They're welcome to my 17 inches of land

PUBLISHED: 10:03 25 March 2009 | UPDATED: 14:56 04 May 2010

I write in response to your article Subway may need land purchase order (Crow 19/03). It is certainly my understanding that a compulsory purchase order could be issued in the near future to acquire land needed for the rail underpass. However it is vit

I write in response to your article "Subway may need land purchase order" (Crow 19/03).

It is certainly my understanding that a compulsory purchase order could be issued in the near future to acquire land needed for the rail underpass.

However it is vitally important that this is put into perspective .The majority of the site required for the development is the existing track leading to the railway. Despite exhaustive searches by the Hertfordshire County Council (HCC) and their agents no details of the ownership of this area have so far been found, and so this would be the main target of any compulsory purchase order.

About 14 years ago some adjoining property owners (myself included) extended our back gardens so that our rear fences became much closer to this track. A scaled drawing recently provided to us by HCC agents clearly shows our existing fence line and the original property boundary line (shown on our title deeds).

The land identified between these lines (labelled encroached land on the council plan) is arguably the piece of ground that I and my neighbours acquired without permission, and along with the track could be the subject of a compulsory purchase order.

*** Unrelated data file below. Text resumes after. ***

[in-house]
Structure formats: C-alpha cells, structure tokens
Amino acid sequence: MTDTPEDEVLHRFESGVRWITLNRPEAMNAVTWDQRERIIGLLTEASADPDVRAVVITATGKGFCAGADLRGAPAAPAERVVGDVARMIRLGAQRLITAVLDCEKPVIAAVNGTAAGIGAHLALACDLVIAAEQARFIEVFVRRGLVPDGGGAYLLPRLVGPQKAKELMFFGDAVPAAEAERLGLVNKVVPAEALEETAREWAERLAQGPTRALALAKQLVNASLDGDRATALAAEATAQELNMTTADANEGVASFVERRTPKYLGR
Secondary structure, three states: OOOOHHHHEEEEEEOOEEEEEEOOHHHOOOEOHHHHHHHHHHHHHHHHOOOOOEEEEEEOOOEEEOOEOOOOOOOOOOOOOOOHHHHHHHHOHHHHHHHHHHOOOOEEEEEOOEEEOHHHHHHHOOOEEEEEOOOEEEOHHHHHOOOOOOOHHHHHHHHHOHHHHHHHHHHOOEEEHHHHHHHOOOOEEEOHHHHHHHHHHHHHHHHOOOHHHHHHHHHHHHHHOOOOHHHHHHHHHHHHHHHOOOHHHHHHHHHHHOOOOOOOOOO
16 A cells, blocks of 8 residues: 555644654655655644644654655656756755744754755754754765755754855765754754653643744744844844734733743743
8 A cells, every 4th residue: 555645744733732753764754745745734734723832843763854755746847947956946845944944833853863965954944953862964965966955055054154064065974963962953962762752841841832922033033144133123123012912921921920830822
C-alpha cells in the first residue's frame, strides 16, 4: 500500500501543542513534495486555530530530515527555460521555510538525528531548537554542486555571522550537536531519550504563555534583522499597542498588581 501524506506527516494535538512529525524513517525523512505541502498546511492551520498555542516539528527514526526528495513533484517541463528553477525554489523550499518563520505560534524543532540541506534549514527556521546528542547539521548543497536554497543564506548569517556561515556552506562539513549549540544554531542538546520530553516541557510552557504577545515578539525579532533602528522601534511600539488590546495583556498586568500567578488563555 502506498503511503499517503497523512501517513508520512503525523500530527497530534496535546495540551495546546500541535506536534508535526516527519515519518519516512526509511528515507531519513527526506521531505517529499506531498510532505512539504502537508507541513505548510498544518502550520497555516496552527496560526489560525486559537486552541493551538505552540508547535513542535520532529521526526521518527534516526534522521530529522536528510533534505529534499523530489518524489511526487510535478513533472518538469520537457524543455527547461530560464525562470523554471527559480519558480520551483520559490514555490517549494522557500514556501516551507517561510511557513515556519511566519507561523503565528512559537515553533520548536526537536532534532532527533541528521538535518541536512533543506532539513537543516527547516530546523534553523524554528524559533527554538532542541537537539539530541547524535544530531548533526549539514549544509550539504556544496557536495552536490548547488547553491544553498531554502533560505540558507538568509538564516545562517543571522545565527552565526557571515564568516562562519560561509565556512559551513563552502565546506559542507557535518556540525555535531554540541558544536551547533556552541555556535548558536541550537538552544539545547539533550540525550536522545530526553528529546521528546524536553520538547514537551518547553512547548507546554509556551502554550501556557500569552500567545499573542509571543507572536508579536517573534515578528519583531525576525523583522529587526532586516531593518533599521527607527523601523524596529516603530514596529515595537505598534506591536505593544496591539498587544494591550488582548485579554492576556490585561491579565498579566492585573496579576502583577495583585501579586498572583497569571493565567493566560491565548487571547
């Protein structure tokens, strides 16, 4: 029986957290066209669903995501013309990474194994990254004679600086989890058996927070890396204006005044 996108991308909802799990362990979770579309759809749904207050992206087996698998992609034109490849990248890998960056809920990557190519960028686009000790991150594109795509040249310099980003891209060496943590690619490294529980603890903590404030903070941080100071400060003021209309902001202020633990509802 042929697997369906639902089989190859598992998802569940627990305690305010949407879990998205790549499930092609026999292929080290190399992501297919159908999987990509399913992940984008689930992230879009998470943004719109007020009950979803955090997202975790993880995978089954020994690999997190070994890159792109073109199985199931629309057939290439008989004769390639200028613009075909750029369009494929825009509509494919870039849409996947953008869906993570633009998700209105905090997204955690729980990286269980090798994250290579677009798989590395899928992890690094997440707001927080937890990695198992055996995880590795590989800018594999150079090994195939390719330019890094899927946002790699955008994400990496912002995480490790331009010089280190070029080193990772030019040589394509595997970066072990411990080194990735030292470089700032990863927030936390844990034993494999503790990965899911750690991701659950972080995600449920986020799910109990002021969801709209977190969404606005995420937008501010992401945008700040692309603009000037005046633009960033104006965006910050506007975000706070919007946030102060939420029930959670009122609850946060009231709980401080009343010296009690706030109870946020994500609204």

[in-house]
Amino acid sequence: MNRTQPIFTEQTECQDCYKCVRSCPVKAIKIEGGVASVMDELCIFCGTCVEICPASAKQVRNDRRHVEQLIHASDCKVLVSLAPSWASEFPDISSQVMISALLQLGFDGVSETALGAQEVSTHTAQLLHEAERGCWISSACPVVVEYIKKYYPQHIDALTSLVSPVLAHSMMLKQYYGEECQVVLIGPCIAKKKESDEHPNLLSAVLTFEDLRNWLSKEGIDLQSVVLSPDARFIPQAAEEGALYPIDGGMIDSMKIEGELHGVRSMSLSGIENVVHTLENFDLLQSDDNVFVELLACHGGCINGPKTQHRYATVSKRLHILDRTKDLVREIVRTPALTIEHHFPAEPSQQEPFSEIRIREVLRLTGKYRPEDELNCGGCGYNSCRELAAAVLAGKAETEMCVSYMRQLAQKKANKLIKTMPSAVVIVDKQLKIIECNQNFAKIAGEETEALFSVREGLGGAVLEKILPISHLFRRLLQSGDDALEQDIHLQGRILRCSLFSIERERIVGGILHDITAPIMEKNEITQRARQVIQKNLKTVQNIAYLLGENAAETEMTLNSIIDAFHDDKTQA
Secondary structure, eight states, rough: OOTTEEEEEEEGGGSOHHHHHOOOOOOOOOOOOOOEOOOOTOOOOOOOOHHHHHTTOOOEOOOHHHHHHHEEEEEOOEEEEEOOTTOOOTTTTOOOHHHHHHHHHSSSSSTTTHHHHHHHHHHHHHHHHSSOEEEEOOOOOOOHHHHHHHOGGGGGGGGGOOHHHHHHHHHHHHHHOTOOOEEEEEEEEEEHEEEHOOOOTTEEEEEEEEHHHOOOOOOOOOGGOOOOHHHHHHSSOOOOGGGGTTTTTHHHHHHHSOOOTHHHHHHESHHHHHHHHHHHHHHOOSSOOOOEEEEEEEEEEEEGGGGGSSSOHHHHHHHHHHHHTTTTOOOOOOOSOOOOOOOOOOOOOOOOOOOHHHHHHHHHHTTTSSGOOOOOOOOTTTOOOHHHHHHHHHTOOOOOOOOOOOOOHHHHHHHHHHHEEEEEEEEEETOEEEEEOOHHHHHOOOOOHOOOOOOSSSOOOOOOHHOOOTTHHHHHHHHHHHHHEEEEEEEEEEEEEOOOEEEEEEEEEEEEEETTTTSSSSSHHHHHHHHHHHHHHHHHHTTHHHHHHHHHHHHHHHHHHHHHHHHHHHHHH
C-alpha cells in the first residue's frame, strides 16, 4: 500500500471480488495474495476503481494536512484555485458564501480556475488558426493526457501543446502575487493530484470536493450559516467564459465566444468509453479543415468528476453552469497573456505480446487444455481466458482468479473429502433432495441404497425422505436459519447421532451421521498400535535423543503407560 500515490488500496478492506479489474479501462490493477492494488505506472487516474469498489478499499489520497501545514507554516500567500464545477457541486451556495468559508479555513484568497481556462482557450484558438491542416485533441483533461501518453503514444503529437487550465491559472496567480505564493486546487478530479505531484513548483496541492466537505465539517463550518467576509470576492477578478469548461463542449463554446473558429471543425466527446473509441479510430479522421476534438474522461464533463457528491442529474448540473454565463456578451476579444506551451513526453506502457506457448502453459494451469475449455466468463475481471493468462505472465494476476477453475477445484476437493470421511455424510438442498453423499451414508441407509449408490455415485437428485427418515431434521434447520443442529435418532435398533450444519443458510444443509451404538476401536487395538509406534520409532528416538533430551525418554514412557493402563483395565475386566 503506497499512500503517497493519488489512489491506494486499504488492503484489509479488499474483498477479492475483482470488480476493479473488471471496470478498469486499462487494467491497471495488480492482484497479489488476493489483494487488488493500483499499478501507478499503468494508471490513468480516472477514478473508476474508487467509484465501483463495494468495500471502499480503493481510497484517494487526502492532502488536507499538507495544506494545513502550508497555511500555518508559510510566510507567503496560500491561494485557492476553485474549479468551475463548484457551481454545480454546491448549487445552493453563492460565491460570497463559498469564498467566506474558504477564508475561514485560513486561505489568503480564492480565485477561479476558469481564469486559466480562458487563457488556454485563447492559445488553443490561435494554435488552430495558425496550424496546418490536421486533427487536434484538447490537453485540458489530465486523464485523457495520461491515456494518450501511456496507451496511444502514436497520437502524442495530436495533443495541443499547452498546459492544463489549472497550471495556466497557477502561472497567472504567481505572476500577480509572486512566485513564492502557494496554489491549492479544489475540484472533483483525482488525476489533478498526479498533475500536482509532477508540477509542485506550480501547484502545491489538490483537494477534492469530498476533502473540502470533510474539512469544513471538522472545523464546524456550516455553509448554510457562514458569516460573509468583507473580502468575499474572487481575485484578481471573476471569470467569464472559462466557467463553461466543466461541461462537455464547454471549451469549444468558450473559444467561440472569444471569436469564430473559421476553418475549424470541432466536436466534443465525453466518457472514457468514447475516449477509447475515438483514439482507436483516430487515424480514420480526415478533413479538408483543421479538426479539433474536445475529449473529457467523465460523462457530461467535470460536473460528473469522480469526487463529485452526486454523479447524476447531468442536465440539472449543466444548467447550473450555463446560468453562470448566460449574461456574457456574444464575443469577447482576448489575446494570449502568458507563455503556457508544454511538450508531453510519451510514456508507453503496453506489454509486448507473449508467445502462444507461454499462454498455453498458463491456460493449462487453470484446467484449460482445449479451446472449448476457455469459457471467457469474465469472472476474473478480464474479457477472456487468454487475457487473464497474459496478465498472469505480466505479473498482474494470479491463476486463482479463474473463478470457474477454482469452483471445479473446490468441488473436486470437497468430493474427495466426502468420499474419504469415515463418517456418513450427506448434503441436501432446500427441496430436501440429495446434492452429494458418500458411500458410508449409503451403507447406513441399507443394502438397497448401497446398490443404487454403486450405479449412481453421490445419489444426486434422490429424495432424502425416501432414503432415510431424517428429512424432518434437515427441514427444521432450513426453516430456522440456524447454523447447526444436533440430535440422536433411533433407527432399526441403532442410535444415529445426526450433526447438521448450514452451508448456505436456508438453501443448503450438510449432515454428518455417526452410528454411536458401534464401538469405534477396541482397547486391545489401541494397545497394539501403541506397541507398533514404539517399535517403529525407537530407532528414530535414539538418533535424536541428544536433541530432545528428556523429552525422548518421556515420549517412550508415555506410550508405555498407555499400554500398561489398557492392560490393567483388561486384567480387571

It should be noted that in my particular case this unlawful gain is effectively a band of land 42cm deep running along the entire width of my rear garden.

This fact of course has never been previously published (until now) and council representatives would rather suggest that I and my neighbours have taken something which was at least 5 times this size. After all why let the truth get in the way of a good story!

Referring once again to the plan provided by the HCC I think the simple facts are these:

1) The original fence line established in the early 1970s was never located on the actual property boundary line, but about two metres behind it and

2) when I and my neighbours moved our fences 14 years ago we were for the most part just reclaiming land that was ours anyway.

What I cannot understand is why there has not been any 1:1 consultation with adjoining landowners at the outset. If such an opportunity had been provided earlier along with the written evidence (ie the HCC provided plan) then this would then have helped dispel the myth that we are in dispute over complex land ownership issues which can only be dealt with by negotiation or failing that a compulsory purchase order.

This is simply not the case and in my view the council can have this 17 inches of land back, and is most welcome to it!

Nigel Seymour

Brooke Road Royston

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